WASHINGTON - President Obama today announced the launch of the National HIV/AIDS Community Discussions, a series of events to be held across the country. These events, hosted by the White House Office of National AIDS Policy (ONAP) will offer the public a chance to provide input as the White House works to fulfill the President's pledge to develop a National HIV/AIDS Strategy (NHAS). The first event, the Atlanta HIV/AIDS Community Discussion, will be held on August 25th at the 2009 National HIV Prevention Conference.So why can't Obama just announce a national strategy and get started on it? AIDS experts and activists have been pushing for this for decades now - isn't there a consensus on what we need to do?
"HIV remains an serious challenge to the American people and I am committed to developing an effective National HIV/AIDS Strategy," said President Obama. "The National HIV/AIDS Community Discussions will provide an opportunity for members of the public to give their input on how we can best address this crucial issue. With the insights from communities across the country, we will have a strategy that is focused on the goals of reducing HIV incidence, getting people living with HIV/AIDS into care and improving health outcomes, and reducing HIV-related health disparities." [read more here]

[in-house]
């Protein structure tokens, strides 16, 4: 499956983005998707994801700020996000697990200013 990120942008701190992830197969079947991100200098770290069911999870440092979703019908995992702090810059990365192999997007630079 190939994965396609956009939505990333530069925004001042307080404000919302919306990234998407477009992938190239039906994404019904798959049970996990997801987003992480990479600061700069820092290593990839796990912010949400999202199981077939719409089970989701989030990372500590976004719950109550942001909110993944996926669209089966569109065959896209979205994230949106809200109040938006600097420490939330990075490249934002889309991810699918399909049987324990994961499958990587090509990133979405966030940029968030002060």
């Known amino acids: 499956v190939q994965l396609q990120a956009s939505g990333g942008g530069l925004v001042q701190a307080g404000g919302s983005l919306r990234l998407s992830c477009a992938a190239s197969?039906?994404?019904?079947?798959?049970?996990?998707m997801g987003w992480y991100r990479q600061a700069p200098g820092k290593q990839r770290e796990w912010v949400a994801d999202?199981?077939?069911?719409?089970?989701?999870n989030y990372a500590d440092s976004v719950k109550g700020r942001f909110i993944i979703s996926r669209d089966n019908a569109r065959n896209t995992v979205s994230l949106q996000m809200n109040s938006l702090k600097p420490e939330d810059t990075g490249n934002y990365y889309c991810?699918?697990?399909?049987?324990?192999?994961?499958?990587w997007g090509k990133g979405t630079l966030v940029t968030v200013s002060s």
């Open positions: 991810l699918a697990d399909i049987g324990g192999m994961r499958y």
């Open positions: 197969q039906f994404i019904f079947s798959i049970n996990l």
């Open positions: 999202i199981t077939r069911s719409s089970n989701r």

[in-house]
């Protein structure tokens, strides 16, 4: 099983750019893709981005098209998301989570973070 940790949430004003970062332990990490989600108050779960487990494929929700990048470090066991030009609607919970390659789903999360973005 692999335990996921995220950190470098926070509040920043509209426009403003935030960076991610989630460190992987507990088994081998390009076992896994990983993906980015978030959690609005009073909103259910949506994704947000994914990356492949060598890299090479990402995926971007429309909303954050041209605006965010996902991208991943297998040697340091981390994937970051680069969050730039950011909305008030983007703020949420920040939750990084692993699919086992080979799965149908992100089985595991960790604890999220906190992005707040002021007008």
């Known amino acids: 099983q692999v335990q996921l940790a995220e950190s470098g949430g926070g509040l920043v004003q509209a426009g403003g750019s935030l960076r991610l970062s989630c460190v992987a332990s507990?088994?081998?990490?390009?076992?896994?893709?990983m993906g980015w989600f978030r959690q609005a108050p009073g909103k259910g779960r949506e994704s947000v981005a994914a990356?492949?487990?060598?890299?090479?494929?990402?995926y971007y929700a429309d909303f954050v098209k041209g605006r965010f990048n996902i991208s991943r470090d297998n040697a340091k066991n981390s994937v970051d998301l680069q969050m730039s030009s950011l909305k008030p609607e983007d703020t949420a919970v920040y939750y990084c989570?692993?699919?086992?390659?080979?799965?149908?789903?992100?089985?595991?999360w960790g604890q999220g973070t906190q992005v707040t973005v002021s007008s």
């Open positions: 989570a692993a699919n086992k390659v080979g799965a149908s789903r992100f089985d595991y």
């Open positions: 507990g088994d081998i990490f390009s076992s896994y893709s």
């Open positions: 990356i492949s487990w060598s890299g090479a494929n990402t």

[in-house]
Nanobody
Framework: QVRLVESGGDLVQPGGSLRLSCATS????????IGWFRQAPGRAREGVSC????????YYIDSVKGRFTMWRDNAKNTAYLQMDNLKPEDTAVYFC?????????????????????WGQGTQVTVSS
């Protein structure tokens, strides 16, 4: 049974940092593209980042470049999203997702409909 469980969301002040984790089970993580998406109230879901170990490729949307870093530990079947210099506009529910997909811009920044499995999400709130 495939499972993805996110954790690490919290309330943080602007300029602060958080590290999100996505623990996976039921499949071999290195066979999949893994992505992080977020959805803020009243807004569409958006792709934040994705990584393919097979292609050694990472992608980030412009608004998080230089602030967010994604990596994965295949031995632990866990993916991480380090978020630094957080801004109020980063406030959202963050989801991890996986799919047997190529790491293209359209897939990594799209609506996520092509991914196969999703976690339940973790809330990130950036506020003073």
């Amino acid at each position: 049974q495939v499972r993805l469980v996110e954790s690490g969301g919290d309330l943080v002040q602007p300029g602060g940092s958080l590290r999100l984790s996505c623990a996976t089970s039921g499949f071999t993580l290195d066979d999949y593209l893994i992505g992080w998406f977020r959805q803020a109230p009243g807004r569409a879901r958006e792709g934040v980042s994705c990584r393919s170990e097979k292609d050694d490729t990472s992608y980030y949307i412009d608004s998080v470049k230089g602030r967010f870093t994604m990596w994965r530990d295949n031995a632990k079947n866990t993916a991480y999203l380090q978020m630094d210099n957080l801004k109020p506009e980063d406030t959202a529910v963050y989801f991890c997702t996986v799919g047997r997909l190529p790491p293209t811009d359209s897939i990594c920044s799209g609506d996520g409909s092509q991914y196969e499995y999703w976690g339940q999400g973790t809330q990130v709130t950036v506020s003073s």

Not exactly. With the exception of needle exchanges - the proven HIV prevention strategy for IV drug users - there is little consensus on how to reduce infections among other at-risk groups. Now that the safe-sex culture among gay men from the early AIDS years is seriously fraying, most proposals for addressing their rising infection rates (changing HIV testing laws, serosorting, recommending immediate treatment for anyone HIV positive, PrEP, etc.), are still being hotly debated. The same holds true for reducing infections among African Americans, women, and other at-risk groups.
I've got my own opinions on things we should try, but getting all our ideas on the table for discussion is a good first step. I just hope these discussions aren't like the recent town-hall meetings on health care reform, where only the loudest are heard. While HIV treatment activists have done a good job of learning and promoting science-based policies, the same can't be said for many of our prevention activists. I, for one, will be listening closely to our boring epidemiologists and scientists with long track records in HIV prevention research.